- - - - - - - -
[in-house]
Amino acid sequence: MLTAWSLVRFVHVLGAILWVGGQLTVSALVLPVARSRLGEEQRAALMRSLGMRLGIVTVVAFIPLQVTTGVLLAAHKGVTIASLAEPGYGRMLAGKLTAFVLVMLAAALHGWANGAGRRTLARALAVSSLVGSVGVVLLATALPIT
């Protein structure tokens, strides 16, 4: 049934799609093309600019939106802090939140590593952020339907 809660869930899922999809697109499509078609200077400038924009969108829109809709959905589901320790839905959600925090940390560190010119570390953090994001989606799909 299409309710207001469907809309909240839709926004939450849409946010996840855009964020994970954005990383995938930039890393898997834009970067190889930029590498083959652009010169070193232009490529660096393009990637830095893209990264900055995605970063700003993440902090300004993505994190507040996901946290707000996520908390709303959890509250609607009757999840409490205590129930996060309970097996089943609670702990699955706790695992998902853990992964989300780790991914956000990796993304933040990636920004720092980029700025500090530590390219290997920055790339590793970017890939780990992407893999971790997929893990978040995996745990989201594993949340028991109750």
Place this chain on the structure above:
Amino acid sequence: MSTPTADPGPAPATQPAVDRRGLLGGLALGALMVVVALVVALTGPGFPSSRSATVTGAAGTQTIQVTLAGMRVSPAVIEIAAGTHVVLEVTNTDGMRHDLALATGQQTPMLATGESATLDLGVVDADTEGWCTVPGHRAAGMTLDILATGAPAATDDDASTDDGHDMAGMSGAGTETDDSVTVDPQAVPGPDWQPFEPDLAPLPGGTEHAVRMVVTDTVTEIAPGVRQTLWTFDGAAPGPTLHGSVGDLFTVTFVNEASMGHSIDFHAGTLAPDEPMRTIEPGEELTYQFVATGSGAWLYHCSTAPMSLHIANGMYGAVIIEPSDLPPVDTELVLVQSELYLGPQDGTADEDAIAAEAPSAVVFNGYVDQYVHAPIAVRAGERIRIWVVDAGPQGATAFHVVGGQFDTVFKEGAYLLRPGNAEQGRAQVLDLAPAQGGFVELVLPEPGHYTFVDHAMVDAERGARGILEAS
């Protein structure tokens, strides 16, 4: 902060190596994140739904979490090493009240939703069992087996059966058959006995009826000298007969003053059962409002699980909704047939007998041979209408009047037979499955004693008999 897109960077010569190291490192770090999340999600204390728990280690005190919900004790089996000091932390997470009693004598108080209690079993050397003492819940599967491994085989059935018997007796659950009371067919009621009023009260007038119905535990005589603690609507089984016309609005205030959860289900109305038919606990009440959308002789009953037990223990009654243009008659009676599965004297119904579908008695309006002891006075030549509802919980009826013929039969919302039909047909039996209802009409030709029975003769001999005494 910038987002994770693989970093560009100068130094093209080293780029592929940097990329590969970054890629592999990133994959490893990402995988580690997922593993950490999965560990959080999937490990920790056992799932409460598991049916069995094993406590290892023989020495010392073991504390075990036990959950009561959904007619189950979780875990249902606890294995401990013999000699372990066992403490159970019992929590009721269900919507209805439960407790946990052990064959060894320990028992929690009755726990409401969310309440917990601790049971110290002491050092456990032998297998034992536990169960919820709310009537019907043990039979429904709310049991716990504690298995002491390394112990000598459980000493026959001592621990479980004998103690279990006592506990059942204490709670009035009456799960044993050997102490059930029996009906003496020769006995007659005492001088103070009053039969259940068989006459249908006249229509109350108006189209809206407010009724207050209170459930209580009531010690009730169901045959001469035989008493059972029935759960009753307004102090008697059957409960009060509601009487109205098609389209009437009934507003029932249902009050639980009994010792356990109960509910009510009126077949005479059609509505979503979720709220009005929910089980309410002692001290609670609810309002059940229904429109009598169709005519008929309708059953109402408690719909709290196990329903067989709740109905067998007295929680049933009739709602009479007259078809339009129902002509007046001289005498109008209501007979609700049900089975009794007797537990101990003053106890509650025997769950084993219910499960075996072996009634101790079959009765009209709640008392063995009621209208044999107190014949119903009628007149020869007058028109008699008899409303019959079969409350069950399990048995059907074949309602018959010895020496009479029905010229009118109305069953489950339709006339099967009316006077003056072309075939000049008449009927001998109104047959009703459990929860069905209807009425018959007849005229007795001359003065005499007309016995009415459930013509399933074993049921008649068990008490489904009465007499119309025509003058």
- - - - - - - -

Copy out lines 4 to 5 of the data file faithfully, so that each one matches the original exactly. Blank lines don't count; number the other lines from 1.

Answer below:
Place this chain on the structure above:
Amino acid sequence: MSTPTADPGPAPATQPAVDRRGLLGGLALGALMVVVALVVALTGPGFPSSRSATVTGAAGTQTIQVTLAGMRVSPAVIEIAAGTHVVLEVTNTDGMRHDLALATGQQTPMLATGESATLDLGVVDADTEGWCTVPGHRAAGMTLDILATGAPAATDDDASTDDGHDMAGMSGAGTETDDSVTVDPQAVPGPDWQPFEPDLAPLPGGTEHAVRMVVTDTVTEIAPGVRQTLWTFDGAAPGPTLHGSVGDLFTVTFVNEASMGHSIDFHAGTLAPDEPMRTIEPGEELTYQFVATGSGAWLYHCSTAPMSLHIANGMYGAVIIEPSDLPPVDTELVLVQSELYLGPQDGTADEDAIAAEAPSAVVFNGYVDQYVHAPIAVRAGERIRIWVVDAGPQGATAFHVVGGQFDTVFKEGAYLLRPGNAEQGRAQVLDLAPAQGGFVELVLPEPGHYTFVDHAMVDAERGARGILEAS